PM in talks on 'key role' for Nato
Prime Minister David Cameron has discussed the need for Nato to play a "key role" in the military action in Libya with US President Barack Obama amid continued wrangling over whether the alliance should take charge of the no-fly zone.
Nato is launching an operation to enforce the international embargo and has completed plans "if needed" to take charge of the operation to enforce the no-fly zone declared by the United Nations Security Council last week, its Secretary General Anders Fogh Rasmussen said.
However Nato ambassadors meeting in Brussels have so far failed to agree whether the alliance should take over when the United States relinquishes command in the next few days.
A Number 10 spokesman said the Mr Cameron and Mr Obama spoke on the phone and "were satisfied that substantial progress had been made so far in implementing UNSCR 1973, and that the international community's action had helped save countless civilian lives in Benghazi". "They agreed that lot of work remained to be done, and that avoiding civilian casualties remained paramount," he said.
David Cameron has argued for a Nato operation, telling the Commons that the alliance had a "tried and tested machinery" for running such a complex multi-national mission. France however has warned that putting Nato in charge would alienate Arab countries and risk undermining the cohesion of the international consensus behind the no-fly zone.
Turkey, the only alliance member which is predominantly Muslim, has also expressed concern that the air attacks and missile strikes carried out by the coalition of Britain, France and the US went beyond the UN mandate.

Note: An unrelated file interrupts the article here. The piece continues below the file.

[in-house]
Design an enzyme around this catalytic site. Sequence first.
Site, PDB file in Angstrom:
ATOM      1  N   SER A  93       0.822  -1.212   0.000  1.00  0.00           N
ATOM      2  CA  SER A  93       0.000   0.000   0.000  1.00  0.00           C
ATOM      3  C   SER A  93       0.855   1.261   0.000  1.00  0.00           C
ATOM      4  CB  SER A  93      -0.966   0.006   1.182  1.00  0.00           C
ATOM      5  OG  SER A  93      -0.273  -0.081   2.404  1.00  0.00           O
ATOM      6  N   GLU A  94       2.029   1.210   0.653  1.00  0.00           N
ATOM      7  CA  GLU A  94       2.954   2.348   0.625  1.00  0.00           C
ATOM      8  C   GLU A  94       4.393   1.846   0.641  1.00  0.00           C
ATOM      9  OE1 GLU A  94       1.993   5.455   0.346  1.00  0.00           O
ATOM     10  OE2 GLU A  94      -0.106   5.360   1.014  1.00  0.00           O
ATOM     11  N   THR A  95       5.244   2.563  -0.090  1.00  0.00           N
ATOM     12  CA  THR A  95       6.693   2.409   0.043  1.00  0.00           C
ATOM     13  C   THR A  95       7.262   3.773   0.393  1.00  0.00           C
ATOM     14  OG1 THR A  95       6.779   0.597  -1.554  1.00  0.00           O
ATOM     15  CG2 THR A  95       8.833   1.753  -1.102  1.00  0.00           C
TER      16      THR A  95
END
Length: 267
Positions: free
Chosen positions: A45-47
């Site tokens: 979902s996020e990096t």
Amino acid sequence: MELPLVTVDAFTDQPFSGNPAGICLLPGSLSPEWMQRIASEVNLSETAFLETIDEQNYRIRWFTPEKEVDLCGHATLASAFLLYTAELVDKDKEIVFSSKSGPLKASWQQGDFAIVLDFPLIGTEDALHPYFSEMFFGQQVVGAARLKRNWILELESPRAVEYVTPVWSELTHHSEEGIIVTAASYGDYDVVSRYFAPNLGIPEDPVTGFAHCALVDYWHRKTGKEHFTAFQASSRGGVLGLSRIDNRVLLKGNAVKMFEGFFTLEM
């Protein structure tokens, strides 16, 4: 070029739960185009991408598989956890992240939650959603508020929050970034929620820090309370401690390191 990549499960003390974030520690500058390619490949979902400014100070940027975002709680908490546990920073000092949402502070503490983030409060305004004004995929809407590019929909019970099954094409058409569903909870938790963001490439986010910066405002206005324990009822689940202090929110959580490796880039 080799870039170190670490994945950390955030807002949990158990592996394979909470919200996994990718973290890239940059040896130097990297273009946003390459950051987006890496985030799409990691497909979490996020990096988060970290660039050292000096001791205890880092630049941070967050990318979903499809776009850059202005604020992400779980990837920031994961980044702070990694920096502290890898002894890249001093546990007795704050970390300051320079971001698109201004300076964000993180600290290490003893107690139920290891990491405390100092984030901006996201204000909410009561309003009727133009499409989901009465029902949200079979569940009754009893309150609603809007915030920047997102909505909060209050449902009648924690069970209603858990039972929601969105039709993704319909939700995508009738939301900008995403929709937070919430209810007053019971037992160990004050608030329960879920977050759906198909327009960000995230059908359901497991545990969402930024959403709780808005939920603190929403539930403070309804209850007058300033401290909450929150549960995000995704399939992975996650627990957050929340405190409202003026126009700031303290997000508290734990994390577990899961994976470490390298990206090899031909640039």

The Prime Minister's spokesman suggested that a wider group of countries would have to be involved than just the Nato member states while French foreign minister Alain Juppe called for the creation of a "political steering group". The row came as Algeria joined Russia and China in calling for an immediate ceasefire.
Britain's involvement in the action was approved by MPs on Monday but many voiced concerns in the six-hour debate. There has also been apparent disagreement between military commanders and politicians about whether Gaddafi himself is a legitimate target.
The RAF is again patrolling the skies above Libya. The Chief of Defence Staff's Strategic Communication Officer, Major General John Lorimer, said: "Working alongside our coalition partners, UK Typhoon aircraft have continued operations today patrolling the No-Fly Zone in support of UNSCR 1973.
"A further four GR4 Tornados left RAF Marham in Norfolk... to conduct further air reconnaissance missions over Libya as part of Operation Ellamy. No ordnance was released. These Tornados have now landed at Gioia del Colle and will stand ready to assist as required."